An Illustrated History of Ireland from AD 400 to 1800 eBook

Mary Frances Cusack
This eBook from the Gutenberg Project consists of approximately 946 pages of information about An Illustrated History of Ireland from AD 400 to 1800.

“Time to barter the transitory things for the country of the King of heaven;
Time to defy the ease of the little earthly world of a hundred pleasures;
Time to work at prayer in adoration of the high King of angels.”

The obituary notices, however, were not always complimentary.  We find the following entry in the Annals of Clonmacnois:—­“Tomhair Mac Alchi, King of Denmark, is reported to go [to have gone] to hell with his pains, as he deserved.”




[192] Expanded.—­I take this opportunity of requesting from laymen or ecclesiastics who may read this announcement, the favour of any information they may consider valuable.

[193] Heaven.—­Ec.  Hist. lib. iv. c. 26.  “From that time the hopes and strength of the English crown began to waver and retrograde, for the Picts recovered their own lands,” &c.  The Annals of the Four Masters mention a mortality among cattle throughout the whole world, and a severe frost, which followed this invasion:  “The sea between Ireland and Scotland was frozen, so that there was a communication between them on the ice.”—­vol. ii. p. 291.  They also mention the mission of Adamnan to “Saxon land.”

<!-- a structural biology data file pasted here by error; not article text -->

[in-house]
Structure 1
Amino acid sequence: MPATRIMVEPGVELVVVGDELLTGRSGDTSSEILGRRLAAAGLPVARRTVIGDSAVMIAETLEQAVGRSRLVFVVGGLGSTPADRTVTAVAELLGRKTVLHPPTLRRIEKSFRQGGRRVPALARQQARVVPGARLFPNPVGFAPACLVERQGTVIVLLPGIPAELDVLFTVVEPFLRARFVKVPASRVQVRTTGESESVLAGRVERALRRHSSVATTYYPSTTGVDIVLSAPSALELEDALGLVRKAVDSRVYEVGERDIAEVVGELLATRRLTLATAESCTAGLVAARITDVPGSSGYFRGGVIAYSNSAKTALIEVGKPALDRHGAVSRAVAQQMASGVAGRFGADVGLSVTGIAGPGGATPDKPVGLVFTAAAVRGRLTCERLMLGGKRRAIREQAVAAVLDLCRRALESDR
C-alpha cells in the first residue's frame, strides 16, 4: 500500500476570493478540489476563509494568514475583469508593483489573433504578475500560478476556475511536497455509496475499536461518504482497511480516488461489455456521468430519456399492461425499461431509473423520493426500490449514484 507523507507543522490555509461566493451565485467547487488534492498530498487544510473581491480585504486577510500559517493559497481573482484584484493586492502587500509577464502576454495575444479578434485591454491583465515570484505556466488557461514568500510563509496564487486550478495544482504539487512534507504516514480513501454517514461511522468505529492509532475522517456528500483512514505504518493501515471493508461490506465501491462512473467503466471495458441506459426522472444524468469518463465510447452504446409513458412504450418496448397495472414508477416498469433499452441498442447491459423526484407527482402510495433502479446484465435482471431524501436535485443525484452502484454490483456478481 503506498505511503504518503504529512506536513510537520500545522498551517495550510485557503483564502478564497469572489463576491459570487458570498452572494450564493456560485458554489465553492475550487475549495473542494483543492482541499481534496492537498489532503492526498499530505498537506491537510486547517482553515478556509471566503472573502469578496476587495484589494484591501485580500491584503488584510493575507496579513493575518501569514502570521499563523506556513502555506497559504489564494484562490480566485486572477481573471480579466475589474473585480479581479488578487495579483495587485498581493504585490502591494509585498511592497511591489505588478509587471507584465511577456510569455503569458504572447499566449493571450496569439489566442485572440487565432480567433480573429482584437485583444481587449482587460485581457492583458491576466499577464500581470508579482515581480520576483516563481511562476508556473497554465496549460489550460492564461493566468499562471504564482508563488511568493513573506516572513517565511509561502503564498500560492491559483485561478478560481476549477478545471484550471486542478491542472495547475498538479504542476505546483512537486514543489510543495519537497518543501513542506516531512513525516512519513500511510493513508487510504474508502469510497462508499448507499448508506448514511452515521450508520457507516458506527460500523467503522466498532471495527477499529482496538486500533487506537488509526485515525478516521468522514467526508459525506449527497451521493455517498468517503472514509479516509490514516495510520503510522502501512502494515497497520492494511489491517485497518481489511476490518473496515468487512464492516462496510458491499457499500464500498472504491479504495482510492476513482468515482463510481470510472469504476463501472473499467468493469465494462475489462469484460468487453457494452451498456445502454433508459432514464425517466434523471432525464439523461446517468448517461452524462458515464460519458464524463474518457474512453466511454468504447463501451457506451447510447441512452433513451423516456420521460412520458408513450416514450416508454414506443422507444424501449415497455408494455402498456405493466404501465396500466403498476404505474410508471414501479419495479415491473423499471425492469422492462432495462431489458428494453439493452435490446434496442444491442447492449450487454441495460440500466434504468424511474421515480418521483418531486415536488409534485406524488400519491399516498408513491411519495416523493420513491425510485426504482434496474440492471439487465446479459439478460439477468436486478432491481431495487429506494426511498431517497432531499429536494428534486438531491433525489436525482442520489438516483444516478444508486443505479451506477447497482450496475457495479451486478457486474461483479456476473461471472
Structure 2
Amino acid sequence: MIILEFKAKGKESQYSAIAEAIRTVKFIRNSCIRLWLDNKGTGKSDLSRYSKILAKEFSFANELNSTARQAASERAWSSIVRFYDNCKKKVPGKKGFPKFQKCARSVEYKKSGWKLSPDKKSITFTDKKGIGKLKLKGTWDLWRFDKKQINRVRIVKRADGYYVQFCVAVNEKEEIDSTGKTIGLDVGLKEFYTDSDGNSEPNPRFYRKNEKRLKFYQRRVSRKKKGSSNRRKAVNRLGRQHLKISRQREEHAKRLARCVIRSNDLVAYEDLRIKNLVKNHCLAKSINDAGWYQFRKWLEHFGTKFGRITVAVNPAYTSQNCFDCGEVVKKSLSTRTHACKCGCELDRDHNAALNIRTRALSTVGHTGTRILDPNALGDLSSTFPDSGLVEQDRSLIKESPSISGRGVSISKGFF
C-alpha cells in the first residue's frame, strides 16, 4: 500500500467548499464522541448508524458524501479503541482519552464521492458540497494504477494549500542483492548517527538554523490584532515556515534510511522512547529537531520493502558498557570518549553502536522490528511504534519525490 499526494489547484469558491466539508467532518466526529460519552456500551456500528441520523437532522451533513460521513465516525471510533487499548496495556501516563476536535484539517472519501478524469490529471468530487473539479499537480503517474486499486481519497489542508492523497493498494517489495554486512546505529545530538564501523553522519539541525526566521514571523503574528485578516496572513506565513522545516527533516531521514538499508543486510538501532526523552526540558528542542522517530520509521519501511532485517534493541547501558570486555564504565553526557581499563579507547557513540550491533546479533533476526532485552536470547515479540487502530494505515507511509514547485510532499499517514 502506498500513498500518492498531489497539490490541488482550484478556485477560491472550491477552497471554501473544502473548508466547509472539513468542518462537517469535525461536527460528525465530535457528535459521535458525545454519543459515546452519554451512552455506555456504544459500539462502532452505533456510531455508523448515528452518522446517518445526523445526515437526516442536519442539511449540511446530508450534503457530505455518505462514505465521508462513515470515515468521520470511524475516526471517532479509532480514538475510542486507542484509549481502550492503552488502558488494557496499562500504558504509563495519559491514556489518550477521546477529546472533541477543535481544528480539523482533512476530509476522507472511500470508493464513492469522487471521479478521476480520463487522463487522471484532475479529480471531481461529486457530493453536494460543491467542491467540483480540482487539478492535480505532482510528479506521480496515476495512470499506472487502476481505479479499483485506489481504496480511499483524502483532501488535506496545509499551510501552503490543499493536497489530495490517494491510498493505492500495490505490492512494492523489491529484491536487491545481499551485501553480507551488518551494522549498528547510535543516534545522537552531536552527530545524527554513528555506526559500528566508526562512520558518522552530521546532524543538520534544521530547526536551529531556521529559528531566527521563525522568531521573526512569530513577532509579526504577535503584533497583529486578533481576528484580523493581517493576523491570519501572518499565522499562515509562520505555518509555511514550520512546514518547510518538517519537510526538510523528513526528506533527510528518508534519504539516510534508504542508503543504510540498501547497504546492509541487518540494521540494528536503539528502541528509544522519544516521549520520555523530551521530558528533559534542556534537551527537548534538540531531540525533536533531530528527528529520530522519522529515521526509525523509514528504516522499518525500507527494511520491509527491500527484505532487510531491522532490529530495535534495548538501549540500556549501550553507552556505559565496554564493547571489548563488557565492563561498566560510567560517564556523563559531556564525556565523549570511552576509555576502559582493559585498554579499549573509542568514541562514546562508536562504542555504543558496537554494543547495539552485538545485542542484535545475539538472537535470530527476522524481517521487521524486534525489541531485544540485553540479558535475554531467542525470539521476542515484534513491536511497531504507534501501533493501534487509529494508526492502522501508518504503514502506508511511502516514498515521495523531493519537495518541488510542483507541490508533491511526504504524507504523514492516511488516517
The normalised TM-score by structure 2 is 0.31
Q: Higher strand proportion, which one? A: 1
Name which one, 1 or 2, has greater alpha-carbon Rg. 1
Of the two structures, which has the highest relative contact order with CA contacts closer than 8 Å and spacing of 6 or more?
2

[194] Galls.—­Gall was a generic name for foreigners.  The Danes were Finn Galls, or White Foreigners, and Dubh Galls, or Black Foreigners.  The former were supposed to have been the inhabitants of Norway; the latter, of Jutland.  In Irish, gaill is the nom., and gall, gen.

[195] Streets.—­In Armagh the buildings were formed into streets and wards, for the better preservation of monastic discipline.  Armagh was divided into three parts—­trian-more, the town proper; trian-Patrick, the cathedral close; and trian-Sassenagh, the home of the foreign students.

[196] Michaelmas.—­Annals, p. 371.  Another fearful thunderstorm is recorded in the Annals for 799.  This happened on the eve of St. Patrick’s Day.  It is said that a thousand and ten persons were killed on the coast of Clare.  The island of Fitha (now Mutton Island) was partly submerged, and divided into three parts.  There was also a storm in 783—­“thunder, lightning, and wind-storms”—­by which the Monastery of Clonbroney was destroyed.

[197] Reachrainn.-Rechru appears to be the correct form.  It has not yet been ascertained whether this refers to Lambay, near Dublin, or the island 01 Rathlinn.  See note, p. 32, to the “Introduction” to the Wars of the Gaedhil with the Gall.

[198] Mistake.—­Ethel.  Chron.  Pro. book iii.

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An Illustrated History of Ireland from AD 400 to 1800 from Project Gutenberg. Public domain.
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